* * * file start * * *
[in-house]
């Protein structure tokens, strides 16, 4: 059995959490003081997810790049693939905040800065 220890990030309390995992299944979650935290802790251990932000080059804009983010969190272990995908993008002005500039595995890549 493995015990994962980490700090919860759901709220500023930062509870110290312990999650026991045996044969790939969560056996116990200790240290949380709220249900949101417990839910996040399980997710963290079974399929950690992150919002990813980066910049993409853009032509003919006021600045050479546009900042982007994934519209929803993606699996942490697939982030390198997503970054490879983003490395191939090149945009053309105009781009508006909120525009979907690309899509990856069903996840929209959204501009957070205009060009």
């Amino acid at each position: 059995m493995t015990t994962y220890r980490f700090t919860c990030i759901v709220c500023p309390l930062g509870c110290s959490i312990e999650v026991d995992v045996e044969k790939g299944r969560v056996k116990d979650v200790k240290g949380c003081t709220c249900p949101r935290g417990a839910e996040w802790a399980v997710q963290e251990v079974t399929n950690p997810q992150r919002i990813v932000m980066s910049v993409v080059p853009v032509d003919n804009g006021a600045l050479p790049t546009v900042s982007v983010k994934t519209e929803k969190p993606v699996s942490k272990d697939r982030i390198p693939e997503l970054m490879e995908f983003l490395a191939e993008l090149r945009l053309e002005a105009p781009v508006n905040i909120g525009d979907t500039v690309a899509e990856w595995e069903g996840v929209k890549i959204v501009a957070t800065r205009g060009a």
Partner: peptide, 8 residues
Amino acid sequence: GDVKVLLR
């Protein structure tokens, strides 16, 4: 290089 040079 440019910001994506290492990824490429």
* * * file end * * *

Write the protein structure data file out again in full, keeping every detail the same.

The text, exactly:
[in-house]
């Protein structure tokens, strides 16, 4: 059995959490003081997810790049693939905040800065 220890990030309390995992299944979650935290802790251990932000080059804009983010969190272990995908993008002005500039595995890549 493995015990994962980490700090919860759901709220500023930062509870110290312990999650026991045996044969790939969560056996116990200790240290949380709220249900949101417990839910996040399980997710963290079974399929950690992150919002990813980066910049993409853009032509003919006021600045050479546009900042982007994934519209929803993606699996942490697939982030390198997503970054490879983003490395191939090149945009053309105009781009508006909120525009979907690309899509990856069903996840929209959204501009957070205009060009």
């Amino acid at each position: 059995m493995t015990t994962y220890r980490f700090t919860c990030i759901v709220c500023p309390l930062g509870c110290s959490i312990e999650v026991d995992v045996e044969k790939g299944r969560v056996k116990d979650v200790k240290g949380c003081t709220c249900p949101r935290g417990a839910e996040w802790a399980v997710q963290e251990v079974t399929n950690p997810q992150r919002i990813v932000m980066s910049v993409v080059p853009v032509d003919n804009g006021a600045l050479p790049t546009v900042s982007v983010k994934t519209e929803k969190p993606v699996s942490k272990d697939r982030i390198p693939e997503l970054m490879e995908f983003l490395a191939e993008l090149r945009l053309e002005a105009p781009v508006n905040i909120g525009d979907t500039v690309a899509e990856w595995e069903g996840v929209k890549i959204v501009a957070t800065r205009g060009a």
Partner: peptide, 8 residues
Amino acid sequence: GDVKVLLR
């Protein structure tokens, strides 16, 4: 290089 040079 440019910001994506290492990824490429």